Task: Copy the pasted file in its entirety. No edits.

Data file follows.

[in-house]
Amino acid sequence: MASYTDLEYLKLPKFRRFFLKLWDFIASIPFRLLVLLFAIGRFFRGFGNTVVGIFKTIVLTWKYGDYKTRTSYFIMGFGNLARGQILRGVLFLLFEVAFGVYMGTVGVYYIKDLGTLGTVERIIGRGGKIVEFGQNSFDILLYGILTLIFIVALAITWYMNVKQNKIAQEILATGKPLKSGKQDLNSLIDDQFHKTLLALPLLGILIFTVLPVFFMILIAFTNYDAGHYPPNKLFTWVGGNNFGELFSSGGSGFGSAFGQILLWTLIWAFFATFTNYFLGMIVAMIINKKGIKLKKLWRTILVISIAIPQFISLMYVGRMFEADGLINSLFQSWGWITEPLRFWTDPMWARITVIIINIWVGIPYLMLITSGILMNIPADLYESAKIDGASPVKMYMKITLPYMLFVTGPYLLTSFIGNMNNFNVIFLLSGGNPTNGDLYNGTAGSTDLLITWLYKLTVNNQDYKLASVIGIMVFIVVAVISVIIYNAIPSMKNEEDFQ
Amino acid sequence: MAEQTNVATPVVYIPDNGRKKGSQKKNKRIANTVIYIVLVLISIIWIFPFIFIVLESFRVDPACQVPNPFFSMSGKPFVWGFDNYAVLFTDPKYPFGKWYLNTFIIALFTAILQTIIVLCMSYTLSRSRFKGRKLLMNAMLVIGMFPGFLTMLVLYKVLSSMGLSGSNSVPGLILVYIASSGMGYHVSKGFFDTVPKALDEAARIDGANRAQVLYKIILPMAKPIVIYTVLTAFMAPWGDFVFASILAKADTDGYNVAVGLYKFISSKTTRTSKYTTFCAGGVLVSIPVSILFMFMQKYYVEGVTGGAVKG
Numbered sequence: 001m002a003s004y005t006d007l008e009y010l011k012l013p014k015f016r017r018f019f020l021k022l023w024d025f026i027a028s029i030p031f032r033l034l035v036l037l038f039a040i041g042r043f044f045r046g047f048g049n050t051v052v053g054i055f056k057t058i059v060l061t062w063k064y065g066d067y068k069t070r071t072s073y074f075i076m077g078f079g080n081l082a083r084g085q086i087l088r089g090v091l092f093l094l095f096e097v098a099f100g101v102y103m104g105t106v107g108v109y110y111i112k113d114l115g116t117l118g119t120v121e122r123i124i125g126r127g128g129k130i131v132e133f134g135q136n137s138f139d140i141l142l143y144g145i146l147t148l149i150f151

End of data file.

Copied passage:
[in-house]
Amino acid sequence: MASYTDLEYLKLPKFRRFFLKLWDFIASIPFRLLVLLFAIGRFFRGFGNTVVGIFKTIVLTWKYGDYKTRTSYFIMGFGNLARGQILRGVLFLLFEVAFGVYMGTVGVYYIKDLGTLGTVERIIGRGGKIVEFGQNSFDILLYGILTLIFIVALAITWYMNVKQNKIAQEILATGKPLKSGKQDLNSLIDDQFHKTLLALPLLGILIFTVLPVFFMILIAFTNYDAGHYPPNKLFTWVGGNNFGELFSSGGSGFGSAFGQILLWTLIWAFFATFTNYFLGMIVAMIINKKGIKLKKLWRTILVISIAIPQFISLMYVGRMFEADGLINSLFQSWGWITEPLRFWTDPMWARITVIIINIWVGIPYLMLITSGILMNIPADLYESAKIDGASPVKMYMKITLPYMLFVTGPYLLTSFIGNMNNFNVIFLLSGGNPTNGDLYNGTAGSTDLLITWLYKLTVNNQDYKLASVIGIMVFIVVAVISVIIYNAIPSMKNEEDFQ
Amino acid sequence: MAEQTNVATPVVYIPDNGRKKGSQKKNKRIANTVIYIVLVLISIIWIFPFIFIVLESFRVDPACQVPNPFFSMSGKPFVWGFDNYAVLFTDPKYPFGKWYLNTFIIALFTAILQTIIVLCMSYTLSRSRFKGRKLLMNAMLVIGMFPGFLTMLVLYKVLSSMGLSGSNSVPGLILVYIASSGMGYHVSKGFFDTVPKALDEAARIDGANRAQVLYKIILPMAKPIVIYTVLTAFMAPWGDFVFASILAKADTDGYNVAVGLYKFISSKTTRTSKYTTFCAGGVLVSIPVSILFMFMQKYYVEGVTGGAVKG
Numbered sequence: 001m002a003s004y005t006d007l008e009y010l011k012l013p014k015f016r017r018f019f020l021k022l023w024d025f026i027a028s029i030p031f032r033l034l035v036l037l038f039a040i041g042r043f044f045r046g047f048g049n050t051v052v053g054i055f056k057t058i059v060l061t062w063k064y065g066d067y068k069t070r071t072s073y074f075i076m077g078f079g080n081l082a083r084g085q086i087l088r089g090v091l092f093l094l095f096e097v098a099f100g101v102y103m104g105t106v107g108v109y110y111i112k113d114l115g116t117l118g119t120v121e122r123i124i125g126r127g128g129k130i131v132e133f134g135q136n137s138f139d140i141l142l143y144g145i146l147t148l149i150f151